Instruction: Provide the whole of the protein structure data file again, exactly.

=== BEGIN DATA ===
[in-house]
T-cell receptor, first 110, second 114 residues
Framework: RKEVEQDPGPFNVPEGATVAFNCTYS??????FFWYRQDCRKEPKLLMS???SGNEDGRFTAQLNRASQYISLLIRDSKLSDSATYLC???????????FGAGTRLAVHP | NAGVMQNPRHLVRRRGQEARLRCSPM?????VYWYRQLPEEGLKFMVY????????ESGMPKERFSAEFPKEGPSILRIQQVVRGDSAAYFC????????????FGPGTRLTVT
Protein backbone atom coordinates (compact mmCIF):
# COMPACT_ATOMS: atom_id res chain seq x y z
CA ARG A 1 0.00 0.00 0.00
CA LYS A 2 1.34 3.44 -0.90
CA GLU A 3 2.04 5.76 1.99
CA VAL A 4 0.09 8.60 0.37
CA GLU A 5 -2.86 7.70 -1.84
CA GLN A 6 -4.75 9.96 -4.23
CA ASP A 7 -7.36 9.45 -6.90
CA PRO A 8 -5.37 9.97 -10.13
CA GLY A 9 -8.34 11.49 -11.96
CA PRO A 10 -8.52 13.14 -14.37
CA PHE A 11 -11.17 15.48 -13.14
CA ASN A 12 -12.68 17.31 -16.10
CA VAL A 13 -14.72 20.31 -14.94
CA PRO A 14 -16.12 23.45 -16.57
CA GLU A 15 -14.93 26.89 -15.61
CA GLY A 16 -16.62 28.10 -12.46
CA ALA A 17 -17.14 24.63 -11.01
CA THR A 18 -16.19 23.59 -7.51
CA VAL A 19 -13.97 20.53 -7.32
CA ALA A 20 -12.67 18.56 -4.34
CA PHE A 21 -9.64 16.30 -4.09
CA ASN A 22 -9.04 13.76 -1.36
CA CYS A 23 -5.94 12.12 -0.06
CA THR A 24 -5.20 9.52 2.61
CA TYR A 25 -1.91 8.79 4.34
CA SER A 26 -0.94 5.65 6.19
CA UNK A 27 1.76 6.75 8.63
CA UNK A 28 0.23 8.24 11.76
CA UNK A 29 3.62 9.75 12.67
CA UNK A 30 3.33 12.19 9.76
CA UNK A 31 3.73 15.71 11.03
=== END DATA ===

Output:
[in-house]
T-cell receptor, first 110, second 114 residues
Framework: RKEVEQDPGPFNVPEGATVAFNCTYS??????FFWYRQDCRKEPKLLMS???SGNEDGRFTAQLNRASQYISLLIRDSKLSDSATYLC???????????FGAGTRLAVHP | NAGVMQNPRHLVRRRGQEARLRCSPM?????VYWYRQLPEEGLKFMVY????????ESGMPKERFSAEFPKEGPSILRIQQVVRGDSAAYFC????????????FGPGTRLTVT
Protein backbone atom coordinates (compact mmCIF):
# COMPACT_ATOMS: atom_id res chain seq x y z
CA ARG A 1 0.00 0.00 0.00
CA LYS A 2 1.34 3.44 -0.90
CA GLU A 3 2.04 5.76 1.99
CA VAL A 4 0.09 8.60 0.37
CA GLU A 5 -2.86 7.70 -1.84
CA GLN A 6 -4.75 9.96 -4.23
CA ASP A 7 -7.36 9.45 -6.90
CA PRO A 8 -5.37 9.97 -10.13
CA GLY A 9 -8.34 11.49 -11.96
CA PRO A 10 -8.52 13.14 -14.37
CA PHE A 11 -11.17 15.48 -13.14
CA ASN A 12 -12.68 17.31 -16.10
CA VAL A 13 -14.72 20.31 -14.94
CA PRO A 14 -16.12 23.45 -16.57
CA GLU A 15 -14.93 26.89 -15.61
CA GLY A 16 -16.62 28.10 -12.46
CA ALA A 17 -17.14 24.63 -11.01
CA THR A 18 -16.19 23.59 -7.51
CA VAL A 19 -13.97 20.53 -7.32
CA ALA A 20 -12.67 18.56 -4.34
CA PHE A 21 -9.64 16.30 -4.09
CA ASN A 22 -9.04 13.76 -1.36
CA CYS A 23 -5.94 12.12 -0.06
CA THR A 24 -5.20 9.52 2.61
CA TYR A 25 -1.91 8.79 4.34
CA SER A 26 -0.94 5.65 6.19
CA UNK A 27 1.76 6.75 8.63
CA UNK A 28 0.23 8.24 11.76
CA UNK A 29 3.62 9.75 12.67
CA UNK A 30 3.33 12.19 9.76
CA UNK A 31 3.73 15.71 11.03